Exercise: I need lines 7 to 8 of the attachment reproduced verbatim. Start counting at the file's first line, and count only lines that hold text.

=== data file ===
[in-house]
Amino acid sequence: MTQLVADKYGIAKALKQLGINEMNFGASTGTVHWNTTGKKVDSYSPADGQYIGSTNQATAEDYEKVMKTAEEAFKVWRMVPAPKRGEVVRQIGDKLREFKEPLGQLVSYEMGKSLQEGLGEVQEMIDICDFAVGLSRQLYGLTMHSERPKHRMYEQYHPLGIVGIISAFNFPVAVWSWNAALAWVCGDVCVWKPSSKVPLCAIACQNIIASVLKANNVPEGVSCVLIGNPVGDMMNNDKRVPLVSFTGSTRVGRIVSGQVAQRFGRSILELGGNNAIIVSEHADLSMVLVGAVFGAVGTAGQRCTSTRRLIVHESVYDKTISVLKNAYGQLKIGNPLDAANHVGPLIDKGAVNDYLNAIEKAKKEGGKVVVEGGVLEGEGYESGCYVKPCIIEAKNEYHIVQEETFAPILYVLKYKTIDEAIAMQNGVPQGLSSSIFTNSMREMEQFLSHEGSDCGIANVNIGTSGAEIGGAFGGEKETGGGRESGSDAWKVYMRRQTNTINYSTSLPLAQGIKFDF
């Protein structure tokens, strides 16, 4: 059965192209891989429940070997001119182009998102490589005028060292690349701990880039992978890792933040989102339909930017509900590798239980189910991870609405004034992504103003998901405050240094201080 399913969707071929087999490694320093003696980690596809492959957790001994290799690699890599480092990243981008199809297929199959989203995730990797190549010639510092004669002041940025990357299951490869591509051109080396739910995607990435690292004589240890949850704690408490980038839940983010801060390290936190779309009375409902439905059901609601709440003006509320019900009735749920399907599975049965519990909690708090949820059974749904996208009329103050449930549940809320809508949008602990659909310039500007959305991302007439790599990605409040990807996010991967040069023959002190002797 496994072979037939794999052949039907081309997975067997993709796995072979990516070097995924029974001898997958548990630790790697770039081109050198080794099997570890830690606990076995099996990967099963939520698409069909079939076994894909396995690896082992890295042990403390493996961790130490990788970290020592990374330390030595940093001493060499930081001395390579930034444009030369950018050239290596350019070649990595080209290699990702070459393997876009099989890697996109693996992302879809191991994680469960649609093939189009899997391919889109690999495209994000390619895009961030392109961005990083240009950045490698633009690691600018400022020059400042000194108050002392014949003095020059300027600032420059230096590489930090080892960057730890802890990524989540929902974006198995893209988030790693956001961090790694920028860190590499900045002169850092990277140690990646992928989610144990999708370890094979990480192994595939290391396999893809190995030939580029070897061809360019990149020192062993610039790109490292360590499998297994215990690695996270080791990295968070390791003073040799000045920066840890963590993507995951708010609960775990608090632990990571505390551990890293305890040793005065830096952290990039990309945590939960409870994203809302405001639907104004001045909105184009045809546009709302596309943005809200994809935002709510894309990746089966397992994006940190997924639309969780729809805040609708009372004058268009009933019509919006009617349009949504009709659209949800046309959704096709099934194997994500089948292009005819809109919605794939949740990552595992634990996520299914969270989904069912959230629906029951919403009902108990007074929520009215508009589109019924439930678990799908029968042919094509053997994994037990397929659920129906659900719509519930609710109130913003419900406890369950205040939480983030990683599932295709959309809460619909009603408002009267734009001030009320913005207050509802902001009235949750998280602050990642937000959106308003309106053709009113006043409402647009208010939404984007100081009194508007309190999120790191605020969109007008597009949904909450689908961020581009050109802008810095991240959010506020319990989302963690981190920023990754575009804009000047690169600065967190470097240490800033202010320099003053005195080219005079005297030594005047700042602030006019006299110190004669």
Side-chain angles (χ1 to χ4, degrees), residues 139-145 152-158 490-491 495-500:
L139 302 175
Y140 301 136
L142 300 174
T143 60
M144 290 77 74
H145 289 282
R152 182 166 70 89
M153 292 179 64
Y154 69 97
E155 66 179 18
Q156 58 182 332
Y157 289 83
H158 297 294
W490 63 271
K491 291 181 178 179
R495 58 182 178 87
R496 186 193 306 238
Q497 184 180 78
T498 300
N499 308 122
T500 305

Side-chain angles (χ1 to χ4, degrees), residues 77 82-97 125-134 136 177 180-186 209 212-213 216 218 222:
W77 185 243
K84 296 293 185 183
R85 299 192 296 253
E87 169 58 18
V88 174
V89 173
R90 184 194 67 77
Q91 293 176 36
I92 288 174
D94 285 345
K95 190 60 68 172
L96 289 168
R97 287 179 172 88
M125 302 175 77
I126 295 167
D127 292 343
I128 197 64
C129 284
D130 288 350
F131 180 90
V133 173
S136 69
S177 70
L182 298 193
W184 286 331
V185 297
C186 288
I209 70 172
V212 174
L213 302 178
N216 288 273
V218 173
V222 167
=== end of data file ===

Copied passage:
L142 300 174
T143 60